Systemic lupus erythematosus in three ethnic groups: III. A comparison of characteristics early in the natural history of the LUMINA cohort

G. S. Alarcón, A. W. Friedman, K. V. Straaton, J. M. Moulds, J. Lisse, H. M. Bastian, G. McGwin, A. A. Bartolucci, J. M. Roseman, J. D. Reveille

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266 Scopus citations


Aim: To determine and contrast the socioeconomic-demographic and clinical features of patients with recent onset (≤ 5 y) systemic lupus erythematosus (SLE) from three ethnic groups, Hispanic, African-American and Caucasian (H, AA, C). Subjects and methods: SLE cases (American College of Rheumatology criteria) (incident (n = 56), prevalent (n = 173)), were enrolled in a longitudinal study at The University of Alabama at Birmingham, The University of Texas-Houston Health Science Center and The University of Texas Medical Branch at Galveston. Socioeconomic-demographic, clinical, immunological, behavioral and psychological data were obtained using validated instruments and standard laboratory techniques, and compared. Results: 70 H, 88 AA and 71 C SLE patients constitute this cohort. H and AA patients were younger and of lower socioeconomic-demographic status. They also had evidence of more frequent organ system involvement (renal, cardiovascular), more auto-antibodies, more active disease (after adjusting for discrepant socioeconomic-demographic features), lower levels of social support and more abnormal illness-related behaviors (more in H than in AA). H also were more likely to have an abrupt disease onset; C were more likely to be on antimalarials but less likely to be on corticosteroids. H, AA, and C used health care resources comparably. They had similar levels of pain and physical and mental functioning after adjusting for age, disease duration, income, education, social support, illness-related behaviors, and Systemic Lupus Activity Measure or SLAM scores. Conclusions: H and AA patients have more active SLE, at an earlier age of onset, and a less favorable socioeconomic-demographic structure (worse among the H than AA) which predispose them to a less favorable natural history.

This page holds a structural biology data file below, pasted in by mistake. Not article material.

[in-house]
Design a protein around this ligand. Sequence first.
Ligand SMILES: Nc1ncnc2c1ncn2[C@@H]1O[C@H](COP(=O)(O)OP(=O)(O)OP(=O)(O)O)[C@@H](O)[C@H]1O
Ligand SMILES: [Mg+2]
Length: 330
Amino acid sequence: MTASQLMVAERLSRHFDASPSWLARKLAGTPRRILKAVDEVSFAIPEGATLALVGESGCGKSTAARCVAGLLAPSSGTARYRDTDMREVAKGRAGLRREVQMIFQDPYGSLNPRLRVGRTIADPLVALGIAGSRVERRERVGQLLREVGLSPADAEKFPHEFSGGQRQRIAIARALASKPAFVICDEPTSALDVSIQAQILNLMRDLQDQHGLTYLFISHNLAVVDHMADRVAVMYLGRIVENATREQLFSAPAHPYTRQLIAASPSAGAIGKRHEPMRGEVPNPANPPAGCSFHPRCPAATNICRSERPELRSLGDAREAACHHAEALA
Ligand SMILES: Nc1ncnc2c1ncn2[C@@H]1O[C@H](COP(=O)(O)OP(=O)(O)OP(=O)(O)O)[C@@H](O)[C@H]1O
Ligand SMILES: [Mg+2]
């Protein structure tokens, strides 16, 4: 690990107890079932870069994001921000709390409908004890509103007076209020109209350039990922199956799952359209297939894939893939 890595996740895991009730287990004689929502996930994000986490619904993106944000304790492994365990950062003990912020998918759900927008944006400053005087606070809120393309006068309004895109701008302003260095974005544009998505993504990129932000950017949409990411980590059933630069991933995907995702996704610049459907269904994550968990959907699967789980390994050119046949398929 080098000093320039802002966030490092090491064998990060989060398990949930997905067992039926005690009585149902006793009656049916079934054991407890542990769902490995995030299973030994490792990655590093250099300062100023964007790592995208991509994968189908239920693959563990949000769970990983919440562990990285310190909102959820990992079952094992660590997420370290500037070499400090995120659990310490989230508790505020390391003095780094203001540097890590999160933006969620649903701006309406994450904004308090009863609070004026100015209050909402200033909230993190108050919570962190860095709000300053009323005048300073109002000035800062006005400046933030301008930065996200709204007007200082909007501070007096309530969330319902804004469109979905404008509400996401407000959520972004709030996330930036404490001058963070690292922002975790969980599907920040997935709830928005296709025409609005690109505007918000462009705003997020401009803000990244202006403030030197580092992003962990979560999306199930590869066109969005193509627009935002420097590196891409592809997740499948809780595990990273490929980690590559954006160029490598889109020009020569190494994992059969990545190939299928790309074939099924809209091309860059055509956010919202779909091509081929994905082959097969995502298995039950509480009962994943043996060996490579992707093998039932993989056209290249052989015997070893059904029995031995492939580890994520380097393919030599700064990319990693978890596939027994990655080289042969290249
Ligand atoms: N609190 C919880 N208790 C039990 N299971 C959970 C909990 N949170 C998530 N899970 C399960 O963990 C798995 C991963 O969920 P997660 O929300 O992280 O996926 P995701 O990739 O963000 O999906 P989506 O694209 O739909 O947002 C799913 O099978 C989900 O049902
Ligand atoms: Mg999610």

Original languageEnglish (US)
Pages (from-to)197-209
Number of pages13
Issue number3
StatePublished - 1999
Externally publishedYes


  • African-American
  • Caucasian
  • Hispanic
  • Lupus
  • Outcome
  • Socioeconomic

ASJC Scopus subject areas

  • Rheumatology


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